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Title: Dynamic performance of voltage balancing and circulating current suppression control for modular multilevel converter
Author: Yin, Congqi
ISNI:       0000 0004 7227 2291
Awarding Body: Newcastle University
Current Institution: University of Newcastle upon Tyne
Date of Award: 2017
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Global power consumption has increased by approximately 3% each year over the past 15 years. The growing demand for energy has stimulated the spread of clean and reliable renewable energy networks and power grid interconnections throughout the world. For example, in Europe, there are 23 High Voltage Direct Current (HVDC) Transmission lines under construction which are scheduled for completion before 2024. The Modular Multilevel Converter (MMC) is one of the most attractive candidates for the HVDC transmission system converter technology. Its high flexibility and controllability make it an attractive option for HVDC transmission. However, the higher initial investment and the unfavourable conditions for using associated DC circuit breakers have always been a barrier to further installations. Since ABB successfully developed the HVDC DC circuit breakers in 2012, there is increasing interest in DC grids using the MMC HVDC transmission system. However, one of the common problems existing in the HVDC transmission system is the control of the capacitor volt-age in each submodule of the MMC. However, in the transmission systems, especially in the renewable energy systems, there are disturbances existing. The conventional voltage balancing control is weak to the disturbances, such as power and sampling frequency changes. Therefore, the proposed voltage balancing control in this thesis has improved the responding time and precision of the control. It determines the charging state of each submodule by deriving the capacitor voltage variations, thereby ensuring the voltage of each capacitor is within pre-defined range regardless the disturbance. In later study, both simulation and experimental results have shown the proposed control approach has strong immunity to the sampling frequency noise compared to the conventional control. However, even with the proposed voltage balancing control, the capacitor voltage difference cannot be eliminated entirely. They will cause circulating current flowing among the phases of the circuit. Therefore, causing unnecessary pressures to the affected components. The circulating current suppression control pro-posed in this thesis can eliminate the AC component of the circulating current, by regulating it according to the power going through the converter. It gets rid of the two PID controllers and abc-dq transformation which are commonly used in conventional circulating current control approach. The simulation and experiment results have shown the suppression of the proposed control approach regarding the AC components in the circulating current, and the fast response time taking effect within one control cycle. In this thesis, both proposed control approaches are presented with simulation results and validated with the scaled down experiment model.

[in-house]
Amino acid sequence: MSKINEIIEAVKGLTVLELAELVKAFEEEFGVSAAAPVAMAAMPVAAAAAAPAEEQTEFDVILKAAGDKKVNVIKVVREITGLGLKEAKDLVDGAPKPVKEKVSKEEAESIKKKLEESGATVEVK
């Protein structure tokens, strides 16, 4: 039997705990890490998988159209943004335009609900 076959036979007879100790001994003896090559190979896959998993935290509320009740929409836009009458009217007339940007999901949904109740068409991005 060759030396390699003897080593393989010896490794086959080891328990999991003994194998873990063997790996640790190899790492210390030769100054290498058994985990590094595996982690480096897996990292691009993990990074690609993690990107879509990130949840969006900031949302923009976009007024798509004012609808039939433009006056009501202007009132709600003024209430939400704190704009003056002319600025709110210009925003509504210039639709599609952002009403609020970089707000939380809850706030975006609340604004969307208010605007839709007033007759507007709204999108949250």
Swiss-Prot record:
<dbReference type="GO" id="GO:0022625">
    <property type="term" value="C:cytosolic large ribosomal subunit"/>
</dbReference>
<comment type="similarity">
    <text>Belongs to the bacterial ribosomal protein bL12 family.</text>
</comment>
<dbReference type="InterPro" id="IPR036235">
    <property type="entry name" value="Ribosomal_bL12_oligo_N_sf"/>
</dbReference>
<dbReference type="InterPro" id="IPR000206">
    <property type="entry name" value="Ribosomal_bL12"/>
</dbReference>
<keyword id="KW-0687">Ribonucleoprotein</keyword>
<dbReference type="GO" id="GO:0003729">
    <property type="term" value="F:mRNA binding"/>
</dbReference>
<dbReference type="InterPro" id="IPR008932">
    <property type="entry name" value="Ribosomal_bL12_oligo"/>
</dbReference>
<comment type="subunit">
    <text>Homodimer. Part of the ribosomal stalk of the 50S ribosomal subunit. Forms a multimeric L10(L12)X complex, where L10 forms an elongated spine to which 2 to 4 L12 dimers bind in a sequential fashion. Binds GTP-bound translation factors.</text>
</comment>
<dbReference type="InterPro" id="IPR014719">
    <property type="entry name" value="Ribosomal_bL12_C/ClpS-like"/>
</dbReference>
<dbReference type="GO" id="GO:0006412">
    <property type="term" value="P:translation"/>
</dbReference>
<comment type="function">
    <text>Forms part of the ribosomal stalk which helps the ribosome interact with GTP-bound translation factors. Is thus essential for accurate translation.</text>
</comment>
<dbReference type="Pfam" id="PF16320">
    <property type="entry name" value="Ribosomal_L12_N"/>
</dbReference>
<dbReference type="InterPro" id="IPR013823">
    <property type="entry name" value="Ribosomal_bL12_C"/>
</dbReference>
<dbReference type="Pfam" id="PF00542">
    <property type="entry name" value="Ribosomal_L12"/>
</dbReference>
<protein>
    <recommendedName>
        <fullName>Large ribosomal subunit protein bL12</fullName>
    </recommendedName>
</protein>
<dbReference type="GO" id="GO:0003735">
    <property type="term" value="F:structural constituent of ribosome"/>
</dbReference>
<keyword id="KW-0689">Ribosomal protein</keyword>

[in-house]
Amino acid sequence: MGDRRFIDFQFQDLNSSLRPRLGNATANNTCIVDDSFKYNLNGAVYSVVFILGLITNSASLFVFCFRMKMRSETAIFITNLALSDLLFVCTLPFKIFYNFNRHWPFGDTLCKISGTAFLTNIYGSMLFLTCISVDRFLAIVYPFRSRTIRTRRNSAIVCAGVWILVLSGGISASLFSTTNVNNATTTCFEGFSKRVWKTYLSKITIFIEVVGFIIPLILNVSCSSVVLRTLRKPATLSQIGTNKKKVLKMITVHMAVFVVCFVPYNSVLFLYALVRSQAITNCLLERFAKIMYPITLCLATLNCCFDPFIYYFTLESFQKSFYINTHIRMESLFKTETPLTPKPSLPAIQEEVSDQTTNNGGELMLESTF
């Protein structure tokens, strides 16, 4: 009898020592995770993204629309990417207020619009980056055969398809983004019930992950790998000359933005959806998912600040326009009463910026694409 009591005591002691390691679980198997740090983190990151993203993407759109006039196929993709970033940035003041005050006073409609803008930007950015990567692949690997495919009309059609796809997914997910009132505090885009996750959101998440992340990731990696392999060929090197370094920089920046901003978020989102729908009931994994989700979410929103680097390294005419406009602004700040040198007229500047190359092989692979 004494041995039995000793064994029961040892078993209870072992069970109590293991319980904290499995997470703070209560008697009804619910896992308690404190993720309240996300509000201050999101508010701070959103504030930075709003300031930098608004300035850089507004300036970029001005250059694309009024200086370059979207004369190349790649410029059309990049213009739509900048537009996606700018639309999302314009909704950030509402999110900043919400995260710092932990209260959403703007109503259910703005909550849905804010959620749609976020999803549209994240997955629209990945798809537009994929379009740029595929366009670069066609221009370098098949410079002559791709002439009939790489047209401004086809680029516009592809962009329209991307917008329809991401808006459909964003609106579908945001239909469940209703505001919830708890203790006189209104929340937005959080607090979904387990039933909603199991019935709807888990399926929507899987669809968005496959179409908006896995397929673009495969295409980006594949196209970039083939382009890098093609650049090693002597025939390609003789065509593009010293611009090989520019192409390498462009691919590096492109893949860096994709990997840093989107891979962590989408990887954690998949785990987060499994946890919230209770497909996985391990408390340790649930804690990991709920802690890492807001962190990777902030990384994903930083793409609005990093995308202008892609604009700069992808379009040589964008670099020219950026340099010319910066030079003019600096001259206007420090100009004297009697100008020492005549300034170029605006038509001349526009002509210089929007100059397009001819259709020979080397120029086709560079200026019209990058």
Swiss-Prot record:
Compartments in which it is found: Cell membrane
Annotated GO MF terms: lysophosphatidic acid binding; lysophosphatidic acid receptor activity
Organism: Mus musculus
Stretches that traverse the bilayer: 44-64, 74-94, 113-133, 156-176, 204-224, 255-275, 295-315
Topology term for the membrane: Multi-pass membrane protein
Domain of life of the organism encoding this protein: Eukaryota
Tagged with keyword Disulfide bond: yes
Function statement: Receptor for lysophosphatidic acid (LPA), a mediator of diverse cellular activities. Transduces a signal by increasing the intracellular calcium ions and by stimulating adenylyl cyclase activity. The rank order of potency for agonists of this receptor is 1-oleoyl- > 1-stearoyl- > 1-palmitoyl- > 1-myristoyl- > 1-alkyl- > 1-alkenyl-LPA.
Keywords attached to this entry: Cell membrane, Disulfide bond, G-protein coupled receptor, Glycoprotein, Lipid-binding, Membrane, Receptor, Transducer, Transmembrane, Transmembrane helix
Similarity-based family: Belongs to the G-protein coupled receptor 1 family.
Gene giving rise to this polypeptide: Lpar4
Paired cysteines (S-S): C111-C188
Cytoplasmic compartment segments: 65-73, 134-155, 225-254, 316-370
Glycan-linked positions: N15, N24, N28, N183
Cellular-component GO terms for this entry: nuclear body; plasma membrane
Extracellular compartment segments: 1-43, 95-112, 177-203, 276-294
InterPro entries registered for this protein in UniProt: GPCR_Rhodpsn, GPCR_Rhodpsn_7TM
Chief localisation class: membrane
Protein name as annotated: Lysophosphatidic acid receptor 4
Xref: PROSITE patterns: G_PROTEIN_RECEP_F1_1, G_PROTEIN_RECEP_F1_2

Supervisor: Not available Sponsor: Not available
Qualification Name: Thesis (Ph.D.) Qualification Level: Doctoral
EThOS ID:  DOI: Not available